"It's the rare woman who can't conjure up memories of her own pre-adolescent insecurities - my own list could wrap around the Earth and end in a bow - and at that moment I wanted to hit the delete button before Baldwin's daughter could check her calls. An irrational response, of course, but you don't call any female a pig and expect logic to reign."
And there we have it. Call a female names and reason goes out the window, pre-adolescent insecurity takes over. She goes on:
"Someone needs to point out that steering wheel in Baldwin's hands and remind him that he's the one who took the U-turn off the high road. No matter how cruel an ex-wife gets - and some ex-wives rival the spawn of Satan when it comes to cruelty - no one can drive a father to badger and belittle his little girl. He makes that trip on his own."
What steering wheel Connie? Kim's got the kid and, if we're to give Alec's claim the same weight as Kim's (we have no reason not to, nasty phone messages or not), it's Kim that's steering her, not Alec. Note the double standard so extreme it's almost invisible: Alec calls Ireland names and logic abdicates, but Kim torments Alec with the cruelty of the "spawn of Satan" and he'd better stay on an absolutely even keel or else.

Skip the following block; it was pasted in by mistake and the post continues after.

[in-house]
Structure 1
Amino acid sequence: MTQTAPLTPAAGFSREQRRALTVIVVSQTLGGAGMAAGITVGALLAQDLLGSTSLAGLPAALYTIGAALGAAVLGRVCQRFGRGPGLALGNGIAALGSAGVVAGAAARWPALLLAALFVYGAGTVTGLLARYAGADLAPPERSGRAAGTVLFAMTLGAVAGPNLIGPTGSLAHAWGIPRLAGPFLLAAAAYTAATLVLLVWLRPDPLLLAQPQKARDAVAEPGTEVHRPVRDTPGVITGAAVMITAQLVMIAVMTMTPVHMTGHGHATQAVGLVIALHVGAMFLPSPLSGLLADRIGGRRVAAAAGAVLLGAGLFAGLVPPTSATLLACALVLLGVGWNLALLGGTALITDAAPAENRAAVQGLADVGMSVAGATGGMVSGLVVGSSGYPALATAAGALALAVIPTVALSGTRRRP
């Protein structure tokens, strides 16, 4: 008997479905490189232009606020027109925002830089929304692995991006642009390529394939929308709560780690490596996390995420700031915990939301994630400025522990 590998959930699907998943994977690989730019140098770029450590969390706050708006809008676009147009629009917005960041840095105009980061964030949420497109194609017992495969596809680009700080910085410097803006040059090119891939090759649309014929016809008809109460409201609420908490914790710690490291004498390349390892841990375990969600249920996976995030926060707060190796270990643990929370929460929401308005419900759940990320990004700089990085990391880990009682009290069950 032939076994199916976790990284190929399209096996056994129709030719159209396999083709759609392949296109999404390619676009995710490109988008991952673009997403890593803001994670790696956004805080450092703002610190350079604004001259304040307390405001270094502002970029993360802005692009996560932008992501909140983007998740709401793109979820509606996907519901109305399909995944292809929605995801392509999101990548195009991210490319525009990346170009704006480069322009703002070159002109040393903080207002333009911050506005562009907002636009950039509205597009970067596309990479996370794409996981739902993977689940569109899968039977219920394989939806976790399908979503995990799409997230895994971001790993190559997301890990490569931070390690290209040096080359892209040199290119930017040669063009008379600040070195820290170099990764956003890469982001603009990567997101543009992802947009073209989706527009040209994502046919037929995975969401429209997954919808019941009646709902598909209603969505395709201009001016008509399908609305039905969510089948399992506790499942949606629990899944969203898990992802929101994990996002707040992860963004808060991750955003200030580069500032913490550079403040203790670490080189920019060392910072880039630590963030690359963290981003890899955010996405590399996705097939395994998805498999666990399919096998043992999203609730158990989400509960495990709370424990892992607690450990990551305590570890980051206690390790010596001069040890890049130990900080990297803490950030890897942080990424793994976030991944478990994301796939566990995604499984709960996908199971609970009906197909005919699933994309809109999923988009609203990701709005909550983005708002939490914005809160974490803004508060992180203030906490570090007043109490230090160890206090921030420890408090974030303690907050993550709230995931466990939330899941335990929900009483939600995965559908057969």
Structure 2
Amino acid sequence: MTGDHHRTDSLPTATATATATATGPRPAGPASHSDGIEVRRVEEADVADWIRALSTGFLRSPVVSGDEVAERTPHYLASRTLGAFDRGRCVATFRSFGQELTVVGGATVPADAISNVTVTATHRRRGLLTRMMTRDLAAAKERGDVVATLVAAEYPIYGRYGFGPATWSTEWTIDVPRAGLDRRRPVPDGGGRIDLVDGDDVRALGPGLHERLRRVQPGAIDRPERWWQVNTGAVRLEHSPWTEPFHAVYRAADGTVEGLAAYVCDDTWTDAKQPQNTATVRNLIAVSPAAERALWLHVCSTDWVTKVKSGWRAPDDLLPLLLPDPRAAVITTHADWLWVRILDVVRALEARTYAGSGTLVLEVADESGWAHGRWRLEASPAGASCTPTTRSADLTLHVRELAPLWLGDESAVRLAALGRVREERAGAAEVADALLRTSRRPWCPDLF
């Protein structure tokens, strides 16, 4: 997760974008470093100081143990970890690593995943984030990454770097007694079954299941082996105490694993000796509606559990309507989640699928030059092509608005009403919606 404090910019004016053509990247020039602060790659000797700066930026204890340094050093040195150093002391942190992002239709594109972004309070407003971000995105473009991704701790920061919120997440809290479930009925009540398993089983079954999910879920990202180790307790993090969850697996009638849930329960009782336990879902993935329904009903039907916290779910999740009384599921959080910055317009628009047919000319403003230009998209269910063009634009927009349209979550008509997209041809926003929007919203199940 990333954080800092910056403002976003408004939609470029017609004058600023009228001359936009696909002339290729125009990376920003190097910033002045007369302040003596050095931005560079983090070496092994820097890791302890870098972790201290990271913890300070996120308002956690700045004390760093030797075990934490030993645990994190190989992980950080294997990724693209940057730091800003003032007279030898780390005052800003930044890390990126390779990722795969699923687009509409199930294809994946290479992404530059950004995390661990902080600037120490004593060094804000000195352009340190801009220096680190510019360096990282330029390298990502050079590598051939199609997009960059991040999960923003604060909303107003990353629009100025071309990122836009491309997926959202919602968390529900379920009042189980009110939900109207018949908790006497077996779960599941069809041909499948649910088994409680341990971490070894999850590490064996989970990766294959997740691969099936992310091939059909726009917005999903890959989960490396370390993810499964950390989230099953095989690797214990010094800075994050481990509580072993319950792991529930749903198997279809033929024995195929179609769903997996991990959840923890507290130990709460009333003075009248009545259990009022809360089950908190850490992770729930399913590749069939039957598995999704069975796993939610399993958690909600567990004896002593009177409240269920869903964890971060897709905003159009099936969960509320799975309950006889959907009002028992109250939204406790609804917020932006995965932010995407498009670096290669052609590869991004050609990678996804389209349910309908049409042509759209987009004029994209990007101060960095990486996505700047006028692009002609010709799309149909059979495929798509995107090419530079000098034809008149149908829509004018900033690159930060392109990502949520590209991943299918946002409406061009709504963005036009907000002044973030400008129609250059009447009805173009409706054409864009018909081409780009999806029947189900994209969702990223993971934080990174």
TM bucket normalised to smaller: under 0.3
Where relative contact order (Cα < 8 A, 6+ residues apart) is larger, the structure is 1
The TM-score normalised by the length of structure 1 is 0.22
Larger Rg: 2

Others are still less reasonable. George Tchirkow seems to think that Baldwin's language is worse that physical violence apparently preferring "a fatherly punch to the face", which may be about the most oxymoronic, not to mention patriphobic, idea I've heard all year, making me wonder if George knocked even two brain cells together before he touched fingers to keyboard.

David Permut, who supposedly introduced the two love birds, is said to be calling Baldwin a bully and claims he'd rather be homeless than work with him again. Permut should perhaps be treated to similar behavior at the hands of his own wife, then maybe he'd revise his ideas of what constitutes bullying.

All this puerile rubbish aside, however, the story is still shining a bright light on parental alienation, and not a moment too soon I'm sure many of us will be inclined to agree. Demosthenes Lorandos, clinical psychologist and lawyer, refreshingly declares "The people who are screaming and hollering and advocating (against PAS) wouldn't know science if it bit them in the butt". And there are much less visible and far worse examples of parental alienation just pouring out of the woodwork. For example, "Rick" tells us: